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2433Re: PT: Rebazar the Real LEM & SAT NAM the I...

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  • tomleafeater
    Apr 1 4:42 PM
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      Hello Etznab,

      I read your post (below) and don't quite see your point, amidst all
      that you wrote, that might pertain to my post as an answer.

      I also looked at your timeline. It seems I've run across your
      website before, probably from one of the news groups you post
      on.

      I read through some of the entries, and it occurs to me that one
      essential element in a good history is an understaning of the
      relative value of any given historical occurance, as weighted
      against any other occurance. A historian would by necessity be
      in a very difficult position, in that the historian would need to have
      an extraordinary ability to see the world from a variatey of world
      views. The moment one world view (say, for example, a western,
      Christian world view as opposed to an Eastern world view, or
      vice versa) becomes the predominant filter or bias (which would
      certainly be hard to avoid), then the history becomes distorted,
      and the history is not accurate. The notion that any given world
      view is superior or favorable (like a Christian historical bias, or
      an Eckist historical bias) then what is created is a deliberately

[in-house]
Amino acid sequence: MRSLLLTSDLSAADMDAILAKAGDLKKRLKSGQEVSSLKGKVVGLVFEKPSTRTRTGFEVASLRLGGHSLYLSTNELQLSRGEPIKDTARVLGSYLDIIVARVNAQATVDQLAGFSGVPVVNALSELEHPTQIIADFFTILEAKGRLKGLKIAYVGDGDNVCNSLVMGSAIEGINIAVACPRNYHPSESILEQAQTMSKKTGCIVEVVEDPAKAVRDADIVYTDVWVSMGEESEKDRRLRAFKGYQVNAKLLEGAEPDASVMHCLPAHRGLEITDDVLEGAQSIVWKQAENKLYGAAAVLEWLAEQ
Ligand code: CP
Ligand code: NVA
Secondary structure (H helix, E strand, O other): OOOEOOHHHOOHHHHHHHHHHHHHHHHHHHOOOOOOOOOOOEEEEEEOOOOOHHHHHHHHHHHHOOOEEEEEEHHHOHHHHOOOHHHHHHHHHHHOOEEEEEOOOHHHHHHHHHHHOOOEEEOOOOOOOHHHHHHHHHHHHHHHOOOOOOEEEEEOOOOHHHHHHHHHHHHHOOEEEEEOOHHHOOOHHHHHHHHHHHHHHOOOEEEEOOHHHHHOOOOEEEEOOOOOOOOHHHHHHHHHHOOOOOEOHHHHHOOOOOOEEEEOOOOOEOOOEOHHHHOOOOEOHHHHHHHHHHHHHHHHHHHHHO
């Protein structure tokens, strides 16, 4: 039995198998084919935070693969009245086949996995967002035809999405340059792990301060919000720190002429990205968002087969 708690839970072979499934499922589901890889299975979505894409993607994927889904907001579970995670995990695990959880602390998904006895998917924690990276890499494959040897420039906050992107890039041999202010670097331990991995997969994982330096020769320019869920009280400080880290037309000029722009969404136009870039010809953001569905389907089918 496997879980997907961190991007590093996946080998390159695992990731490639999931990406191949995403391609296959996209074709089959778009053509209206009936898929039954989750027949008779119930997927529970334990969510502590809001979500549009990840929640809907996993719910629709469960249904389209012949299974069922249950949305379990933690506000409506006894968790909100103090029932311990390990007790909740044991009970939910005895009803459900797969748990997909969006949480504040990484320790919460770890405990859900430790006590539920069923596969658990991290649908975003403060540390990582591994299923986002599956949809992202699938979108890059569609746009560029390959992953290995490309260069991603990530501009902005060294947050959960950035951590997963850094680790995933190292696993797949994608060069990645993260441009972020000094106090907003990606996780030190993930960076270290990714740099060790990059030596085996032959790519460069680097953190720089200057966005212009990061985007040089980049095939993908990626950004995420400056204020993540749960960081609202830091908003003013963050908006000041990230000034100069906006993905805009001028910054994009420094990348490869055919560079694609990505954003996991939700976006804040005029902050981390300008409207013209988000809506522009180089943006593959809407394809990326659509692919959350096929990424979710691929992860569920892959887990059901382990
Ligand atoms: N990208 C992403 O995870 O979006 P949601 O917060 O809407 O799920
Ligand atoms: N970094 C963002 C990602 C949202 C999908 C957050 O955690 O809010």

biased history. A biased history is not a true history. The
      arrogance of such an approach is the notion of having the one
      and only vantage point of value from which to view the world.

      An objective historical approach may have enormous
      limitiations, but those limitations are crucial to objectivity. And
      while no historian may be capable of complete lack of bias, at
      least such a historian is making the sincere attempt to attain an
      objecitve perspective. Any other approach will be even more
      seriously flawed.

      Your attempt to create a history that includes both factual as well
      as mythical sources of history is truly an interesting concept, but
      even with this approach, objectivity is necessary, because the
      historian would have to be careful to include all important
      mythical sources of historical information, and not leave out one
      source, while favoring another.

      So, in such an indeavor one would have to collaborate with
      scholars of various disciplines. This already is done to some
      extent, it seems. It is the field of humanities, in which history, art,
      literature, religion, philosophy, and science are brought together
      under one roof, and compared in terms of where these fit in time.

      An eckankar history by an eckist would by nature include a bias
      toward eckankar. A history of fictional masters would be a
      fictional history, except to the true believers.

      I noticed in your timeline a great deal of trivia about eckankar is
      included. I wondered if you included trivia regarding other
      teachings or philosophies, so when I found myself reading the
      year 1973, I checked to see if Alan Watts' death in 1973 was
      noted, which it wasn't. This was one simple fact that was easy to
      check, and I'm sure others could think of other historic figures of
      even greater significance.

      But Alan Watts' work is far more known than PT's, and his books
      are highly read and lauded by scholars. So, it is clear there is a
      bias in your timeline. PT isn't really all that well known. Most
      people I meet have never heard of him or eckankar.

      A historian is saddled with the task of weighing all the events,
      and deciding just what has had greater influence upon the world.

      This is why an objective approach is necessary to achieve
      credibility. One just can't escape that fact.

      This is what I see occuring in the eckankar community:: A